According to one director, who spoke to The Independent on condition of anonymity, Venables' contract could have been terminated after a year. "What we were not told," the director added, "was that only Venables had the right to terminate it."
THE VENABLES DEAL
pounds 135,000 fee to enter into talks about the manager's job, payable whether Goldberg actually completed the purchase of Crystal Palace or not.
pounds 750,000 salary per year after tax, to be paid annually in advance.
An unsecured pounds 500,000 interest-free loan.
A house, costing pounds 650,000, in which Venables would retain the equity interest.
A Mercedes car.
10 per cent pension contribution.
pounds 20,000 relocation expenses.
Transfer funds of pounds 10m for the 1998-99 season and pounds 5m in each of the two subsequent seasons, excluding proceeds from the sale of players.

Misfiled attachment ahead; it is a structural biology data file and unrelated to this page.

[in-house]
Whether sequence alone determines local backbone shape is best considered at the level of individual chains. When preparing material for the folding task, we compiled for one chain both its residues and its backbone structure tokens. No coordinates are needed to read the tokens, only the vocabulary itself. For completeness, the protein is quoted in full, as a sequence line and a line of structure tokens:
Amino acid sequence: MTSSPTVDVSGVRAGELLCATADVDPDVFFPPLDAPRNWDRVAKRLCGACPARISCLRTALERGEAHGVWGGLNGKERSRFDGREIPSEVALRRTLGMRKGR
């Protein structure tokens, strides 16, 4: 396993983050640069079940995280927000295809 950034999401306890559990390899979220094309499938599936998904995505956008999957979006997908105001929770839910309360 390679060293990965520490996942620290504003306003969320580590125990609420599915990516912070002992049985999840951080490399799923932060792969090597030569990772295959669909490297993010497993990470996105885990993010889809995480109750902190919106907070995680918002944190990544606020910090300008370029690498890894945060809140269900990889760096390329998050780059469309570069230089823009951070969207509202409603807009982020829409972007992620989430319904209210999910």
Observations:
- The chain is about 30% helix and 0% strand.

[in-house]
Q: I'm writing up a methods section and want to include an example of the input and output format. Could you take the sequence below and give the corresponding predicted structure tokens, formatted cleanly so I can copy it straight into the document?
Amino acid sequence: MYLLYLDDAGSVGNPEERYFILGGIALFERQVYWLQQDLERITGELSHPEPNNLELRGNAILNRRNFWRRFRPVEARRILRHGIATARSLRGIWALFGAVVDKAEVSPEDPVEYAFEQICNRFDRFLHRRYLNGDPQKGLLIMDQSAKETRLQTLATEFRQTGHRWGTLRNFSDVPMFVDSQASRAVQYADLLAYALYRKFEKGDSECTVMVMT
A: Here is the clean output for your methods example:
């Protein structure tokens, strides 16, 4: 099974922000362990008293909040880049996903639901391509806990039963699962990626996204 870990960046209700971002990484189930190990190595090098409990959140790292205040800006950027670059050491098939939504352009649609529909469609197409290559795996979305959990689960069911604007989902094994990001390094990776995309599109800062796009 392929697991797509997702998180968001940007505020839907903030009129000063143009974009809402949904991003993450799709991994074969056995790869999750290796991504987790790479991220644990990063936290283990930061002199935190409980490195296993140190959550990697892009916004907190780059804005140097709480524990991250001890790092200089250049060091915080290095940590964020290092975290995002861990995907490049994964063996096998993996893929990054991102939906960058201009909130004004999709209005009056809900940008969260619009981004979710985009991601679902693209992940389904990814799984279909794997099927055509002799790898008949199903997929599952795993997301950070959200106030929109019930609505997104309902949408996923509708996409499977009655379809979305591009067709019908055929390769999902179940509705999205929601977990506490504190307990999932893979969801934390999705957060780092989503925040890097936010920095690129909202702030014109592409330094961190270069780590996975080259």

Five per cent bonus on amounts not spent on transfers.
pounds 10m salary budget in 98-99.
The right for Venables to remain as a consultant to the Australian Football Association. He had previously held the position of Australian national coach.
Six per cent royalty on the use of his image.
THE PURCHASE of Gordan Petric (right) from Rangers was typical of the illogical thinking behind some of Palace's transfer dealings under Mark Goldberg. Nobody doubted the Yugoslav international defender's credentials, but Goldberg sanctioned his pounds 300,000 purchase - not to mention a pounds 5,000- a-week contract - at a time when Palace's financial problems were beginning to emerge and when the club had at least nine other senior players who could play in central defence: Craig Moore, Paul Warhurst, David Tuttle, Andy Linighan, Dean Austin, Fan Zhiyi, Hayden Mullins, Sagi Burton and David Woozley.